Wednesday, November 12, 2008
Firefly & Serenity
I'll just place a big SPOILER ALERT here at the beginning.
I became a fan of Joss Whedon in 2001 when I did a two-episode-a-day catch-up with Buffy the Vampire Slayer when it was in syndication on FX. I then jumped on board with the final two seasons when they aired. A few years later, I did something similar with Angel. Most recently, I watched Dr. Horrible's Sing Along Blog online (as well as purchased it on itunes). Needless to say, he won me over but I never quite found enough interest in his ill-fated Fox series Firefly. The content didn't appeal to me much, I guess. But after several random recommendations lately, I discovered it at the library and picked it up. Here are my thoughts:
I can't say I was immediately sucked into Firefly, but over the course of the series, I grew to care about the characters and had hopes for the storyline. The idea of The Wild West mixed with a little outer space, sprinkled with a smidge of pirates is not one I would have come up with on my own. Leave it to the mind of Joss Whedon to come up with something so odd. But it worked. The main planets were much more advanced by way of technology, and then less-inhabited moons might as well have had tumbleweeds blowing by. Historically, it all kind of made sense.
Captain Malcolm Reynolds, played by Nathan Fillion, was an interesting mix of pragmatism and sensitivity. He really cared about his crew and would risk his life for them, but he would also risk their lives if it was the right thing to do. He could be a jerk but you forgave him that because he had a lot of heart. Similarly to Buffy, he made a lot of snarky Whedon-y remarks in the face of danger.
Summer Glau redeemed herself as I didn't like her much from Terminator: The Sarah Connor Chronicles (not really her fault as she is playing an emotion-less terminator, but her character just leaves me so cold). River is an enigma and I enjoyed watching her story unfold. River's brother Simon (played by Sean Maher) brought an interesting dynamic to Serenity as an uptight, highly educated, high-strung doctor.
Wash (Alan Tudyk) and Zoe (Gina Torres) didn't make a lot of sense to me as a couple. But they grew on me, and I guess the whole point was how different they were. Wash has some great comedic moments and is very likable.
I kept waiting for Jayne (Adam Baldwin) to show some sort of positive characteristics, or to have some sort of redeeming moment. His best moment was in "Jaynestown" but even then, I was left wanting a little more from him. But granted, we were only given fourteen episodes, and given Jayne's past, that is a quick redemption.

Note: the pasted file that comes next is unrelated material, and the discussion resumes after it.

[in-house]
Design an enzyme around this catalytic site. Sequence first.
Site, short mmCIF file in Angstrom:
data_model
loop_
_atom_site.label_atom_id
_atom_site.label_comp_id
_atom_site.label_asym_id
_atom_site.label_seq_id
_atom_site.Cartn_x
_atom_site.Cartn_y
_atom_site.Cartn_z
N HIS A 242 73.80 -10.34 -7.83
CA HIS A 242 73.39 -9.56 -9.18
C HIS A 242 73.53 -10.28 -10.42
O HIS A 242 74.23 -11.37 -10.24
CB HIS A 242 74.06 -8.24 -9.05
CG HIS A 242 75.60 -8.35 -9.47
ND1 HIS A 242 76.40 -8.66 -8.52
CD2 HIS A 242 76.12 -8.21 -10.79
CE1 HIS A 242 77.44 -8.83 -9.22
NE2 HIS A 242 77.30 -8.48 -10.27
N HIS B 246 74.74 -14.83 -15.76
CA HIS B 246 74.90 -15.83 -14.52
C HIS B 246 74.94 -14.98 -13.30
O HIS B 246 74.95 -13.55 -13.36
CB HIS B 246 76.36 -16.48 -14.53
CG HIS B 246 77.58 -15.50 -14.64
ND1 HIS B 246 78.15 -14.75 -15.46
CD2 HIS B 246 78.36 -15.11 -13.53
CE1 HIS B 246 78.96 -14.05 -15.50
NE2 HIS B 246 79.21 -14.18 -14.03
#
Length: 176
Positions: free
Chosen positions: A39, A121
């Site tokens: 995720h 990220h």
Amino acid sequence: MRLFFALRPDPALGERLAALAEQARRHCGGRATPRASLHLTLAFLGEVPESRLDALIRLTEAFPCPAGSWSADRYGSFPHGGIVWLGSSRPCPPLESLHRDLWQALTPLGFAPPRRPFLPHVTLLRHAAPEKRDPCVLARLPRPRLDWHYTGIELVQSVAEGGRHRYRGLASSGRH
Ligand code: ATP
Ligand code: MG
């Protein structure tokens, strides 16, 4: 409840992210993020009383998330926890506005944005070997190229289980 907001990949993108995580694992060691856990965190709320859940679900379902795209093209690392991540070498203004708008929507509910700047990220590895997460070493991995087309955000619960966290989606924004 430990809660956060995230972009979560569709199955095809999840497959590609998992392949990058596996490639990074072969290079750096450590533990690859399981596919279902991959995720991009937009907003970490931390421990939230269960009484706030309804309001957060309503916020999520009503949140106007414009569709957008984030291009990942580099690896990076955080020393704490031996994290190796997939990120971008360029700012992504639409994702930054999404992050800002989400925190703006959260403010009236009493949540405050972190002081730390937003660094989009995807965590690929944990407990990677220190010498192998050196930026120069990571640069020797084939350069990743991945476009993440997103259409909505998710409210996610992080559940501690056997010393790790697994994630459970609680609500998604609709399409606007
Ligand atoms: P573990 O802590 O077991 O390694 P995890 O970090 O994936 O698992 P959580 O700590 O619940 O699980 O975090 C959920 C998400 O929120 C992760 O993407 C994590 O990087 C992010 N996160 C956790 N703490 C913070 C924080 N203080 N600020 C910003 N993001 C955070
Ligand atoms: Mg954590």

The cast was just well-rounded and really worked well together. You can tell they really enjoyed working together.
My favorite episodes were "Our Mrs. Reynolds" (Christina Hendricks of Mad Men played the heck out of Saffron, and I was taken completely by surprise when she revealed her true self; the episode was quite goofy), "Out of Gas" (Mal basically decides to go down with this ship, but not before kicking some butt, which ultimately leads to him saving the day), and "War Stories" (I have always enjoyed when side characters get sucked into the battles (see Marshall spying it up on certain eps of Alias) and no one thought twice about taking a gun and going after Mal and Wash).
Given that the feature film had a bigger budget (not huge, but bigger), Whedon had a while to work on the script, the story had to be good enough to haul people out to the theater, the actors were so glad to be back to work on Firefly, and especially that FOX was not releasing the film, I found Serenity to be very entertaining, and enjoyed it more than the series itself.
There were great action sequences, some real progression in the story line (especially with River). River got to kick some major butt, and it was shot really beautifully, kind of like a dance (I understand Summer Glau is trained dancer). Chiwetel Ejiofor was great as the operative without a name. He is just the guy that gets it done. Er... most of the time, anyway. Might I mention that Nathan Fillion looked more handsome in Serenity? Perhaps, it was the new hair, or the couple of years aging in between. Whedon never shies away from killing his main characters, both to keep viewers on their toes and to be realistic. The death of Shepherd Book was harsh, but as soon as I saw the ravaged haven, I thought it was a possibility. However, the death of Wash was unexpected and really sad, especially as he had just saved the day!
All in all, I enjoyed the series and feature film. It did not catch my attention when the shows were originally airing, but now that I know the story, characters, etc. I would be very interested to see where else things could be taken (a new movie would be great!).